Proclaiming the hope of transformation and redemption. This is the message that Roys’ article discusses, and it’s the message of the gospel of Jesus Christ and to all of His followers.
The three “Therefore, what’s?” in this article for me were 1) the need to reference and consider LDS doctrine in every statement we make or action we take when dealing with LGBT issues; 2) increased doctrinal clarity in everything we teach to the rising generation; and 3) the need to proclaim the good news and joy of living the gospel. In other words, confusion can largely be alleviated if every conversation involving these issues always has crystal clear doctrinal points coupled with the joy, transformation and redemption of the gospel of Jesus Christ. In the absence of these things, we risk confusion—especially when it comes to the rising generation. In short, because we live in an era of mass confusion, to alleviate doctrinal confusion, we need to provide more consistent and persistent message of doctrinal clarity whenever we discuss with this issue.
Because … the gospel of Jesus Christ is the greatest way to live. We need to get better at proclaiming the joy of living the gospel! There is nothing that the world can offer that compares to it. Nothing! Knowing this, we can proclaim the good news of the gospel and testify of the joy and blessings that come from living (and loving) Christ’s doctrine and His standards. We can also use the Book of Mormon to testify of the truthfulness of these things more often. The answers to every single one of our heartfelt questions are found in the scriptures, which teach that the gospel of Jesus Christ is the only way to “exceedingly great joy” (1 Nephi 8:12) and the only way endure to the end through all of the challenges of mortal life.
One more important point to consider: True Christlike love means that we love our same-sex attracted or gender-confused brothers and sisters so much that we would never want them to go down any path that leads to sin. This is Christlike love. This is the pure love of Christ. This is how we can show true compassion and charity. It’s tremendously unkind and unloving to affirm, support or advocate for sinful behavior that breaks covenants, harms the mind, body, and soul, and drives the spirit away. Some say we should “only love” and yet it is only a portion of what Christ actually taught. He also boldly taught of redemption. Of repentance. Of hope. Of transformation. On the other hand, bringing someone unto Jesus Christ and His doctrine is what true Christlike love looks like. Lasting happiness is found only in Jesus Christ, and never on other divergent paths or in embracing false and counterfeit ideologies. This is the good news of the gospel, and this is what we need to shout from the rooftops to provide doctrinal clarity in an era of cultural confusion.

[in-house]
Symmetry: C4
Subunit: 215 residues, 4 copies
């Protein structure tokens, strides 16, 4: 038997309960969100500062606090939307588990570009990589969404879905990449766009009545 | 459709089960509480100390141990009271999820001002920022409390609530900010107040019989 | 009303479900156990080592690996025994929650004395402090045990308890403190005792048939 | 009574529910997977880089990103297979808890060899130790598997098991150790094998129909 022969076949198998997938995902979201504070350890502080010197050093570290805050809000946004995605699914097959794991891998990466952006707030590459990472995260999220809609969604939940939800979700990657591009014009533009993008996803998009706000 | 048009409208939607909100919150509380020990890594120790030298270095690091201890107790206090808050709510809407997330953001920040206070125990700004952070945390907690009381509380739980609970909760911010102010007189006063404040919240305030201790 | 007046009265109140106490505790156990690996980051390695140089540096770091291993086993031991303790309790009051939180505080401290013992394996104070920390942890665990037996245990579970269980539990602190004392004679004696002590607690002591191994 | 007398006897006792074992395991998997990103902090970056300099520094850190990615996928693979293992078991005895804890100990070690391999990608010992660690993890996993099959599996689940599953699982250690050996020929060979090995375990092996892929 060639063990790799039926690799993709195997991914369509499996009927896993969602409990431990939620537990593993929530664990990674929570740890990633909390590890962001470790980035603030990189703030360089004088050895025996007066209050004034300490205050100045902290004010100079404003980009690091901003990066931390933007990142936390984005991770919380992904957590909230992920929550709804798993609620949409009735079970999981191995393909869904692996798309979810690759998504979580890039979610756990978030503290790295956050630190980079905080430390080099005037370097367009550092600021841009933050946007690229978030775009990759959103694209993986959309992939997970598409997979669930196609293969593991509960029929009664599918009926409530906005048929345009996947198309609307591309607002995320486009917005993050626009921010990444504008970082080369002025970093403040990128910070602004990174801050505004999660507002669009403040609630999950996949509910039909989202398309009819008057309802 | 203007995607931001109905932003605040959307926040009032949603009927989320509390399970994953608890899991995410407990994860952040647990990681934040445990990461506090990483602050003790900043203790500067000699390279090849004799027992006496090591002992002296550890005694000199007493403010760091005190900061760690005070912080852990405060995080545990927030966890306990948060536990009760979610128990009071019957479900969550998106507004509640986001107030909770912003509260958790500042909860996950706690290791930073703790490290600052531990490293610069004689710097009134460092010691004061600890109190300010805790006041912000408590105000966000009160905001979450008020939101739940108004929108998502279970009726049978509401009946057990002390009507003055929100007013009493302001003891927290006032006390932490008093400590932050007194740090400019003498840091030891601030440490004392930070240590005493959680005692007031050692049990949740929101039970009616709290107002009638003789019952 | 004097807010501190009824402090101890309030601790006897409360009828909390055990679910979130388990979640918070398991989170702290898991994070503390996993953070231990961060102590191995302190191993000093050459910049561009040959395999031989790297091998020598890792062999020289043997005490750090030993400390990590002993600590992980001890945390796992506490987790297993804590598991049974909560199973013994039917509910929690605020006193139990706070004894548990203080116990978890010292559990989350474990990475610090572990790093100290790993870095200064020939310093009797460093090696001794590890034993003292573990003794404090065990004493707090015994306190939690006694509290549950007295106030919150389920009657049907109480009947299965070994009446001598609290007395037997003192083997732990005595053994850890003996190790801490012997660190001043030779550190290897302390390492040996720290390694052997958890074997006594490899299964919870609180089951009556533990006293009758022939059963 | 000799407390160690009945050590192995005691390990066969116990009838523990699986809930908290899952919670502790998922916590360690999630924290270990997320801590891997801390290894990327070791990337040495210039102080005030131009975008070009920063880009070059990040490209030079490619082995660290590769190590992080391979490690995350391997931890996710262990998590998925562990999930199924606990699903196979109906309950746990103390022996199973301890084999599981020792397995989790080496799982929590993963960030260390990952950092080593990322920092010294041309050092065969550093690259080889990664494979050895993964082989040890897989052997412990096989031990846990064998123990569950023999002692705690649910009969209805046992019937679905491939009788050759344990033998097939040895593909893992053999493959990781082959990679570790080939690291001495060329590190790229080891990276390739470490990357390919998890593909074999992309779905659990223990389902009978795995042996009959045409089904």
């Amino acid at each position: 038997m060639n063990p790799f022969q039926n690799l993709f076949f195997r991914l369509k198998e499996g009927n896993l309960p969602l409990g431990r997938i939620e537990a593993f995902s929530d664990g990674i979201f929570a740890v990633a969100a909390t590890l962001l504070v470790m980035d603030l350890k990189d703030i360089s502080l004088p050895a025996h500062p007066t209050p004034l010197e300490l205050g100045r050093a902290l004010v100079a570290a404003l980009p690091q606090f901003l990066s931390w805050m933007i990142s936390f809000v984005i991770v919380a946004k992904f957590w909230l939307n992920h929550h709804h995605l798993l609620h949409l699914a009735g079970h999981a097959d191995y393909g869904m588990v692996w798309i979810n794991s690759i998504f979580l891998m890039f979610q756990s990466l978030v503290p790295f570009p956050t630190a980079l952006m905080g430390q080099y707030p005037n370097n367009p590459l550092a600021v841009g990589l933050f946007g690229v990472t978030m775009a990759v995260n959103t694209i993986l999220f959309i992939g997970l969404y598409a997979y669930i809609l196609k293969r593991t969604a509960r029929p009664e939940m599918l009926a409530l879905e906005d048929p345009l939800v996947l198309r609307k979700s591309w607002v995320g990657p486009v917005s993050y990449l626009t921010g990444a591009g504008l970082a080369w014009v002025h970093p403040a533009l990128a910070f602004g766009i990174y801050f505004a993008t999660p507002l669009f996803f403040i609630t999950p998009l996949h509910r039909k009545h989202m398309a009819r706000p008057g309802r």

Let’s start a conversation about this. What does this look like in a real-life situation with a friend or family member? What does true Christlike love and the good news of the gospel look like to you?
And, if you have time, please take a look at Beckett’s story. It’s a testimony of a man from a different Christian faith who struggled with same-gender attraction. He tried the world’s way for 25 years but later discovered that real joy comes only through Jesus Christ: